The outspoken musician has a difficult time answering a question without cracking a joke, saying of the opera house that will host his upcoming concert, “I don’t know whether that’s older than the synagogue, but they’re both older than I am. And that’s good because I’m 71, though I read at the 73-year-old level.” Fact check: The Grand 1894 Opera House, the concert’s venue, is older than Beth Jacob itself but younger than the synagogue’s roots.

Between 1868 and 1930, Galveston was home to two Orthodox synagogues. In the spring of 1930, those synagogues merged to create Congregation Beth Jacob, which was chartered in 1931. Beth Jacob’s current building was dedicated in 1932 and expanded in 1962. By 1970, the congregation took up egalitarian practices in the Conservative Jewish tradition. 

Click photo to download. Caption: Flood damage at Congregation Beth Jacob of Galveston in 2008, after Hurricane Ike. Credit: Courtesy Congregation Beth Jacob.

In 2008, the same year when the synagogue nearly met its demise during the hurricane, part-time spiritual leader Rabbi Todd Doctor took on Beth Jacob’s pulpit as a full-time position. With the storm, Doctor was “informally knighted,” says Kathleen Sukiennik, the synagogue’s former executive director. 

With about 50 to 60 member families today, the congregation no longer prays in the larger sanctuary that arrived with its 1962 expansion. Yet David Rockoff, Beth Jacob’s current president and executive director, hopes that Galveston’s historic significance as well as its increasing appeal for beachgoers and cruise ships will rejuvenate the synagogue community in the post-Ike era.

“Our congregation, although small, has a very large very usable facility,” Rockoff says. “What we’re looking to do in the future is to utilize our buildings to further strengthen Jewish identity and understanding of the congregation and of Galveston, and of the history of the immigration of Jews to the United States through Galveston.”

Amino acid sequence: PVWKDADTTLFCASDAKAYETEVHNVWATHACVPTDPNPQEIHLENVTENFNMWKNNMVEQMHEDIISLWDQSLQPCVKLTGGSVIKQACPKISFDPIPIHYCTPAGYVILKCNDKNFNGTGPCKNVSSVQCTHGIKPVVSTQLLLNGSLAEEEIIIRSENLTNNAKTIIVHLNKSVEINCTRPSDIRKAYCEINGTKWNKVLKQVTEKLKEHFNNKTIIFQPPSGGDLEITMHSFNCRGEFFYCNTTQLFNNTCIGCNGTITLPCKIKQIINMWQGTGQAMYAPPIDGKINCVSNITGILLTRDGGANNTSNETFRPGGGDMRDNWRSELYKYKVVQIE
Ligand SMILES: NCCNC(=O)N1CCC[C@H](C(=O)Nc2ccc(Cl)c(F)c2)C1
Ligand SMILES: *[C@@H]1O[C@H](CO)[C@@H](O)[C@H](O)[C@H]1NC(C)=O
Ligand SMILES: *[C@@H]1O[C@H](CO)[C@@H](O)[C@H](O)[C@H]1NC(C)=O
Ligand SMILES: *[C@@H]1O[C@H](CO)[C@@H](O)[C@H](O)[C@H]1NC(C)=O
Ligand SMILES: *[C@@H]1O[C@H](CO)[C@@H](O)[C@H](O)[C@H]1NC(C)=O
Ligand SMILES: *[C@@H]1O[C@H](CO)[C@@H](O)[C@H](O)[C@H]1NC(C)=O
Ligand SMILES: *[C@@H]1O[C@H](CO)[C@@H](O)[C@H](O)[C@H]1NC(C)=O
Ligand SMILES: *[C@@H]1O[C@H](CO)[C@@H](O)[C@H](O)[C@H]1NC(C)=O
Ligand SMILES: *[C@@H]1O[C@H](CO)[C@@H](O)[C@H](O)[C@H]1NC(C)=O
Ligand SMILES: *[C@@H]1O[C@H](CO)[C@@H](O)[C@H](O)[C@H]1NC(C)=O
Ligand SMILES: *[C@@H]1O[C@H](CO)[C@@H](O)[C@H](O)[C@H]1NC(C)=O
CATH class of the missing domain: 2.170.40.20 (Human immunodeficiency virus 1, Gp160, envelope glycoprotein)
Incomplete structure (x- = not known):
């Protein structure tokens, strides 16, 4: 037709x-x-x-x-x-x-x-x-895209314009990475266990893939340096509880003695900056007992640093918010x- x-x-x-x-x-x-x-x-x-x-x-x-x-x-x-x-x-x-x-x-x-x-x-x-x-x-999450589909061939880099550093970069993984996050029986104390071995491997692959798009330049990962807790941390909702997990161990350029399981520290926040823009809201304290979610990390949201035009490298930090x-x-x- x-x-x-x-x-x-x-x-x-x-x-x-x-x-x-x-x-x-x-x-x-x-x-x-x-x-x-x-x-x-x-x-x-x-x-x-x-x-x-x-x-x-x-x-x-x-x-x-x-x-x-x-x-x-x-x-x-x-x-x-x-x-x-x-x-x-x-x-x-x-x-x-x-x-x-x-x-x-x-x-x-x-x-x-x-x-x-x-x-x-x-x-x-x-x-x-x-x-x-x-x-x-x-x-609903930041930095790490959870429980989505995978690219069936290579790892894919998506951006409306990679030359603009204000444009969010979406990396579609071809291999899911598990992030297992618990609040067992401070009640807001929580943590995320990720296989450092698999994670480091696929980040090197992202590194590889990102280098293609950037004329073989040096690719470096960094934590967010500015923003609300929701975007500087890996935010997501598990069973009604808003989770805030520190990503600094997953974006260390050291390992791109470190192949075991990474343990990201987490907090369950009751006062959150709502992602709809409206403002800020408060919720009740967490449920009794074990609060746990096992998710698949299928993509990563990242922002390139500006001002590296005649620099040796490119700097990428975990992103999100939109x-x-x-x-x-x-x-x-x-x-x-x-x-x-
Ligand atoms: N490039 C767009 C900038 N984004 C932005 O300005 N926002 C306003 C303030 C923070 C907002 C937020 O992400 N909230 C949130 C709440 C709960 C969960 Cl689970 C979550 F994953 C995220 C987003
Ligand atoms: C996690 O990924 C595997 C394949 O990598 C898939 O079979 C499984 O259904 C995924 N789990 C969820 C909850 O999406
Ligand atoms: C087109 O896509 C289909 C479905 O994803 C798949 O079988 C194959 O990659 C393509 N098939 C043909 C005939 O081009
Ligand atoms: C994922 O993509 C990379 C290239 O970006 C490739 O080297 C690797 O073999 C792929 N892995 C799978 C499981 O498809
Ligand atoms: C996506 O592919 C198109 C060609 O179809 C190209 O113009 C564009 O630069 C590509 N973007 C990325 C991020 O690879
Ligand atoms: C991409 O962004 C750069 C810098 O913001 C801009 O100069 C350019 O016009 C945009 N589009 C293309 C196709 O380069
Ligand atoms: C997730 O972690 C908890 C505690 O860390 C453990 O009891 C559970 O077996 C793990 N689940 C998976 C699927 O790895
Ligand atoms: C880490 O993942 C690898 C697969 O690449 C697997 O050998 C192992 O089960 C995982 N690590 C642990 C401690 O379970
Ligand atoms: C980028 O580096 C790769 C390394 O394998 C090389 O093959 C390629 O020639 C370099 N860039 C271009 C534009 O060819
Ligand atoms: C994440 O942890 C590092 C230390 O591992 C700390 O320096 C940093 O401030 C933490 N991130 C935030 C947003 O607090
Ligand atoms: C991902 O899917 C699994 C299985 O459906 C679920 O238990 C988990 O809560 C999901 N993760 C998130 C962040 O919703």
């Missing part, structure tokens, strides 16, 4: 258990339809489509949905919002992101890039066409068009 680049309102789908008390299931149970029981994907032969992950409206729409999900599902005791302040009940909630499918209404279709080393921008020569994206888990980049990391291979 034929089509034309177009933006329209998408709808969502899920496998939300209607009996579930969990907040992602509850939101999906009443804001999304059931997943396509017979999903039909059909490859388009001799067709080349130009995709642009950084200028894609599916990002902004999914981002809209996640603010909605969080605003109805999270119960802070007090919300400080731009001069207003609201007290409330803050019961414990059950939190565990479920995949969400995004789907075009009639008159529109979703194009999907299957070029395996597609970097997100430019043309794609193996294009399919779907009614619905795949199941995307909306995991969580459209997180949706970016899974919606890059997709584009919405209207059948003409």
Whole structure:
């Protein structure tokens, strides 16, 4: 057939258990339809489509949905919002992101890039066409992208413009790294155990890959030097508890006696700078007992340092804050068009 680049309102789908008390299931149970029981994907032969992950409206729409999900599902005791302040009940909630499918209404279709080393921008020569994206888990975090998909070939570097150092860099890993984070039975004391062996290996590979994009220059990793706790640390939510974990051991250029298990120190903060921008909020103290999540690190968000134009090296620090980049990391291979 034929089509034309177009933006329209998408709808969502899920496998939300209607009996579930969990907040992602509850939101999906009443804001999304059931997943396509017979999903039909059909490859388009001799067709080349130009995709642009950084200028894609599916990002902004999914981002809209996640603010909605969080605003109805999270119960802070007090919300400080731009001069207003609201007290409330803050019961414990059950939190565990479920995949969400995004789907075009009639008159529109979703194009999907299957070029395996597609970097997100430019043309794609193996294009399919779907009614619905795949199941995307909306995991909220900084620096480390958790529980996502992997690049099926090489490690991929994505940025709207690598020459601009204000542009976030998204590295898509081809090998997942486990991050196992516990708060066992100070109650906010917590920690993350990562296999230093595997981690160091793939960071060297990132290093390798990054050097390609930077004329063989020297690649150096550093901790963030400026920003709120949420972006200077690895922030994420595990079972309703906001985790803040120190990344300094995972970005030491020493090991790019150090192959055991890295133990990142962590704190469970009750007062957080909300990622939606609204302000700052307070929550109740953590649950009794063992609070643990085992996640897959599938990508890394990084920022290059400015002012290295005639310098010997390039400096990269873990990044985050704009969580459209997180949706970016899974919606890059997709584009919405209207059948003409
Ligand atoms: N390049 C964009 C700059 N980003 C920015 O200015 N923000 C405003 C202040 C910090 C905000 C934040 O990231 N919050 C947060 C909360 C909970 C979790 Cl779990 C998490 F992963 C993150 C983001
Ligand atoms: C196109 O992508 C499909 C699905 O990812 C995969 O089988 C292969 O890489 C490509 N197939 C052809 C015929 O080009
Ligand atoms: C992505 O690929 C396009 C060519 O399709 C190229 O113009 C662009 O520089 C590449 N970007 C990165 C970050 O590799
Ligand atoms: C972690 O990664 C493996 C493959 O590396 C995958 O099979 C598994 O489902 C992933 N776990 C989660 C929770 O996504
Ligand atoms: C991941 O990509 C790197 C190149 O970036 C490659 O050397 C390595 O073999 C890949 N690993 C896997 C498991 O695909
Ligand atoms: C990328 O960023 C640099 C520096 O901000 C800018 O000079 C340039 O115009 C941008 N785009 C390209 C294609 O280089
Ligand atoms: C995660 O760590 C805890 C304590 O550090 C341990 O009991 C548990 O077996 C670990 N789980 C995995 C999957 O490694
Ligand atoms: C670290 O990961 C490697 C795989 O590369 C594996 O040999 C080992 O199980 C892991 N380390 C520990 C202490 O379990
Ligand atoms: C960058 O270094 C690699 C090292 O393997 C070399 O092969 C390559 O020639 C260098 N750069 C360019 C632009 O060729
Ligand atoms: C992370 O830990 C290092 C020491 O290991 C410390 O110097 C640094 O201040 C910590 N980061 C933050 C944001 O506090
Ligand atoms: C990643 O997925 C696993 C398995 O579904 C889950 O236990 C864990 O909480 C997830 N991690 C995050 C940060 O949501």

Along those lines, Rockoff says synagogue leaders are now developing plans to turn part of Beth Jacob into a museum, “as a way of preserving the congregation in the long-run.”

Rockoff’s grandfather arrived in the U.S. from Russia—fittingly, through the Galveston port—in 1905, then moved to New York two years later. The family eventually found its way back to Texas, settling in Houston. David Rockoff, a career fundraiser for 45 years, completed the circle by moving to Galveston in 2013, when he started his job at Beth Jacob.

Click photo to download. Caption: Congregation Beth Jacob of Galveston. Credit: Jacob Kamaras.

Rabbi Doctor’s grandfather also immigrated to the U.S. through Galveston, moving to Wharton, Texas. Doctor got his rabbinical ordination in 2001 and spent 10 years working at Jewish high schools, but then got a call from Druss, the Beth Jacob gabbai. Doctor said he was drawn to the pulpit by his strong feeling that a synagogue shouldn’t close, as happened with his childhood synagogue, Congregation Shearith Israel of Wharton, which shut down in 2002.

“We’re trying to maintain a presence of Conservative Judaism on the island…we’re trying to maintain that traditional perspective,” says Druss. 

At the same time, in the decade after the hurricane, the congregation’s membership is transforming. Before Ike, almost all of the members grew up in the Beth Jacob community, but now it’s just the opposite. Many Galveston residents who were displaced by flooding left for Houston and never returned, and storm-induced stress led to a spike in local deaths among the older generation.